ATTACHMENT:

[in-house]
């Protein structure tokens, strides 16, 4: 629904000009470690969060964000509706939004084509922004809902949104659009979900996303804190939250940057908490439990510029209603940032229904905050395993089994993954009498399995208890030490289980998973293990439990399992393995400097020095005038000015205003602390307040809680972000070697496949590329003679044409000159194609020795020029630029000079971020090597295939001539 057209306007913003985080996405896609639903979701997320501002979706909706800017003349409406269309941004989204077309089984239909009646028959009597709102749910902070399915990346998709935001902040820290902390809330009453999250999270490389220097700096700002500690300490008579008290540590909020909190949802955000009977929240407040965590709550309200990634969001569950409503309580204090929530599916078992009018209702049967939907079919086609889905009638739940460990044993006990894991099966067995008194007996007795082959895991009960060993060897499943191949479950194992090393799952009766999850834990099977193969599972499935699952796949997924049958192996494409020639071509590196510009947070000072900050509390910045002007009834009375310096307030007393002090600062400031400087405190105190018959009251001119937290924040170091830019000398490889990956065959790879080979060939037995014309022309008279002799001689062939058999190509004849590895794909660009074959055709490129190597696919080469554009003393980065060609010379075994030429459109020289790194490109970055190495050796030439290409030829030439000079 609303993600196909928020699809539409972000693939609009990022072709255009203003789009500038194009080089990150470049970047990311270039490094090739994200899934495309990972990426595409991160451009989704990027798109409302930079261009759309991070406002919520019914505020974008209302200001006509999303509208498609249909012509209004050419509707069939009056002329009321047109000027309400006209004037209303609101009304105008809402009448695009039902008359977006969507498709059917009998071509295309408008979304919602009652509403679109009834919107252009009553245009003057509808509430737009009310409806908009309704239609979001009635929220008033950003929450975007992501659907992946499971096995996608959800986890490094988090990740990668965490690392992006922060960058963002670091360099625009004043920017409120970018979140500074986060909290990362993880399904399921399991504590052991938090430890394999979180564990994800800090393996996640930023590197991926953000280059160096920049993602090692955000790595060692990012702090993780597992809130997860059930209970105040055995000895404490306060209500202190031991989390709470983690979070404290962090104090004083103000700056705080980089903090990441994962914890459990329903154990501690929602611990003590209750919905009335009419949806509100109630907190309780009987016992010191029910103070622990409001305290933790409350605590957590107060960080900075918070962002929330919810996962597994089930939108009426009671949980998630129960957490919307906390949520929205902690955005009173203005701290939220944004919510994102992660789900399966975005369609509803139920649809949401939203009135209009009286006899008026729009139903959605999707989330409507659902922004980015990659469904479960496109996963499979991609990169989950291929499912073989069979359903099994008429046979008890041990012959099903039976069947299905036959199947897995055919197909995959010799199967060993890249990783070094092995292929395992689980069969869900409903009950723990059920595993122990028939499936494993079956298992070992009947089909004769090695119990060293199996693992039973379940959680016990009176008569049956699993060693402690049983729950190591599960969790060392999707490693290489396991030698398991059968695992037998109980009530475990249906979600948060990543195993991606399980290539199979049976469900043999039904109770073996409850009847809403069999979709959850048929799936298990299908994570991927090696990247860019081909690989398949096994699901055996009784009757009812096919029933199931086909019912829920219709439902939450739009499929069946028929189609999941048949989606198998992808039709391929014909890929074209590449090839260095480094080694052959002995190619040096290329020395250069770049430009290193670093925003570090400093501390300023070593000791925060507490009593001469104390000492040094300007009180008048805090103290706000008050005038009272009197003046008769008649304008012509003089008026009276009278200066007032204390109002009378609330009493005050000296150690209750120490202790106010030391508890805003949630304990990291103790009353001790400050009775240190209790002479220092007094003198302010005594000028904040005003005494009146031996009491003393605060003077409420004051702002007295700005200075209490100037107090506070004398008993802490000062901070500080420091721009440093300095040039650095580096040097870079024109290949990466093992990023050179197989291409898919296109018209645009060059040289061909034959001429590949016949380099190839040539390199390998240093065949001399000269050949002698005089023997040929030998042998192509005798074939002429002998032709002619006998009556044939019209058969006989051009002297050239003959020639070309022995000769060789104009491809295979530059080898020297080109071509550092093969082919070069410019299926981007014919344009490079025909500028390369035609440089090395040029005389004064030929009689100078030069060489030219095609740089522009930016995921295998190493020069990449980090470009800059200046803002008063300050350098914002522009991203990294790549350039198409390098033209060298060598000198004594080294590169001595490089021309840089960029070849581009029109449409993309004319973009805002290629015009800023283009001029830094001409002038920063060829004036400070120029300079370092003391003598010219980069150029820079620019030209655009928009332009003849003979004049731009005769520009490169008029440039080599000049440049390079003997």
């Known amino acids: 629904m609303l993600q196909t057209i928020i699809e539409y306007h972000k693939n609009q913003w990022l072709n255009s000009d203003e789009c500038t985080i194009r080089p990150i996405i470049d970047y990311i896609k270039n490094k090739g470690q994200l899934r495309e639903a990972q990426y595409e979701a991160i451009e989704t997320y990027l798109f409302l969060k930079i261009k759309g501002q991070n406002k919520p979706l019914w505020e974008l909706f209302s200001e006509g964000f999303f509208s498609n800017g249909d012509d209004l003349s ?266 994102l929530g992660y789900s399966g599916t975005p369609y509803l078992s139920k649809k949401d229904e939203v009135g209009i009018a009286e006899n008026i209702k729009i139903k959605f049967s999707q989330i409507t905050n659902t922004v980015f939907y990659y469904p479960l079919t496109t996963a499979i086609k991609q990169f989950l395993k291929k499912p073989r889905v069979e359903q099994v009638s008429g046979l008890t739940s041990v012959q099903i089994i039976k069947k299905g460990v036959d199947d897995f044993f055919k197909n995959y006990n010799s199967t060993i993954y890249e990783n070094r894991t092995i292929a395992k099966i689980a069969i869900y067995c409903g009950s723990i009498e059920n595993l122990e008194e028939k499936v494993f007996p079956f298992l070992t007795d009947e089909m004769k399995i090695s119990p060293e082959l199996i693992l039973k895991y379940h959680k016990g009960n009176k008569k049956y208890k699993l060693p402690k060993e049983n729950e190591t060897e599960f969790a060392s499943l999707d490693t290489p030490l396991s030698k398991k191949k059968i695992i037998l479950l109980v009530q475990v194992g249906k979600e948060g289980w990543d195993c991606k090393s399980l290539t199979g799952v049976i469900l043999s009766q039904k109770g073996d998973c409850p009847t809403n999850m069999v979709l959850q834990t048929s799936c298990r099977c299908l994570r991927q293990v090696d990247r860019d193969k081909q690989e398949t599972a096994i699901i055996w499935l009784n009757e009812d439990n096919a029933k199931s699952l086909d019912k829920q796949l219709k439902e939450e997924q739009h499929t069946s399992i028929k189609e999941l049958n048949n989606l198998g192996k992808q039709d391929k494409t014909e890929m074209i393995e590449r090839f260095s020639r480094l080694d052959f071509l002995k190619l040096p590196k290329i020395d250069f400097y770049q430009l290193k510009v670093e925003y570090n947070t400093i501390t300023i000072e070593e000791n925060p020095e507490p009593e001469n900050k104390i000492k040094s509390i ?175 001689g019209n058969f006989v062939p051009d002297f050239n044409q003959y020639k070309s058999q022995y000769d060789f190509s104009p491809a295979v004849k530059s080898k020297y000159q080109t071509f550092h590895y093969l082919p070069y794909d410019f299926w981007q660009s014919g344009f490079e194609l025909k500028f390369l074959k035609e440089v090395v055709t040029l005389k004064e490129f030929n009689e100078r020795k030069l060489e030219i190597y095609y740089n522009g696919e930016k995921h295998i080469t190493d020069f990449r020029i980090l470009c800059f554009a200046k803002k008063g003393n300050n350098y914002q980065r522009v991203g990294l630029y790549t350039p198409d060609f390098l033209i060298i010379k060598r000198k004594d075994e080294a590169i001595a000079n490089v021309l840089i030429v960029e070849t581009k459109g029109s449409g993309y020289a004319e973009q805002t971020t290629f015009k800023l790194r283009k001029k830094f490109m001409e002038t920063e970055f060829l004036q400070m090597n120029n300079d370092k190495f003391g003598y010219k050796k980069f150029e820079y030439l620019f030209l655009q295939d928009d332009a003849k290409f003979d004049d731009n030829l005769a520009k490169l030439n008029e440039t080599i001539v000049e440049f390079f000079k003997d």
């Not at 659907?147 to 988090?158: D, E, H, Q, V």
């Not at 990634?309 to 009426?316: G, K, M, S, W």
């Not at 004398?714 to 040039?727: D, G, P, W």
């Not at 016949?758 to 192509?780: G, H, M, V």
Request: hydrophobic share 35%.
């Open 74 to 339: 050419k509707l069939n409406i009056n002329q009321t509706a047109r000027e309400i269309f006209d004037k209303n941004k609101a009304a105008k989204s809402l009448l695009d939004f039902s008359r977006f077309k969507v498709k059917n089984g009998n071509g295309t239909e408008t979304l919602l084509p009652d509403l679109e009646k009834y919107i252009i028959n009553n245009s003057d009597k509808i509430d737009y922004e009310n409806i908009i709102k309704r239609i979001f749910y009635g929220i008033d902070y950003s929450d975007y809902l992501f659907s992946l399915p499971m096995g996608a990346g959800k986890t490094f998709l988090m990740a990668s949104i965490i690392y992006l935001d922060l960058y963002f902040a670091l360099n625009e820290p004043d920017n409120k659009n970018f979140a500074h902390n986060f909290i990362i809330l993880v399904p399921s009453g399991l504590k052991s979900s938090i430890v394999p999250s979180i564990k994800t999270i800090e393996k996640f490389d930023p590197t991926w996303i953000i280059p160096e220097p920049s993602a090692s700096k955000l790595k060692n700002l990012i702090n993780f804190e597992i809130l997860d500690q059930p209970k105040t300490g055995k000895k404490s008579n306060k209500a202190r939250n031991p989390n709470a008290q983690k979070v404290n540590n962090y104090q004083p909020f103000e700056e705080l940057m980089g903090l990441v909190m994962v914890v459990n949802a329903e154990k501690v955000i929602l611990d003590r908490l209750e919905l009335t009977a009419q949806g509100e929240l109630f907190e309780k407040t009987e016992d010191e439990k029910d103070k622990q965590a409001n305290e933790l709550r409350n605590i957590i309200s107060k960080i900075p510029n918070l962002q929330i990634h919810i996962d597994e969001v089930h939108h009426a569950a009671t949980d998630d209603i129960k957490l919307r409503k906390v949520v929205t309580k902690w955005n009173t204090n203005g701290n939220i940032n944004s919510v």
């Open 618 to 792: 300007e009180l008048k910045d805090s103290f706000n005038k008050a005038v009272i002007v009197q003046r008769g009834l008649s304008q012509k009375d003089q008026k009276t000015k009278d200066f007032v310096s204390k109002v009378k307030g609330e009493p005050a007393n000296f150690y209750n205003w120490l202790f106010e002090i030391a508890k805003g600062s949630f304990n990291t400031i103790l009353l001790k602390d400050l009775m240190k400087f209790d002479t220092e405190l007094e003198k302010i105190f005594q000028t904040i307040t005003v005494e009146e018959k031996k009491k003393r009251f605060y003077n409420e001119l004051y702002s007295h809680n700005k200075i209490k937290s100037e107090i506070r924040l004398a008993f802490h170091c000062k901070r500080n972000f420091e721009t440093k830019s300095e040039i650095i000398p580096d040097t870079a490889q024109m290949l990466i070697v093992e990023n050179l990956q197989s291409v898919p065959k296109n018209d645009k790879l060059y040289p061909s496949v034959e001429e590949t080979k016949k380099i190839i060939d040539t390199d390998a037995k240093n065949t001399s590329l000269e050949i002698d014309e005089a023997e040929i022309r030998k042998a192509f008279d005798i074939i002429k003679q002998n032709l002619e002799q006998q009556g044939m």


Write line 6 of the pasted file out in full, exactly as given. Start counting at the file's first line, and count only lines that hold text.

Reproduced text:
């Not at 004398?714 to 040039?727: D, G, P, W």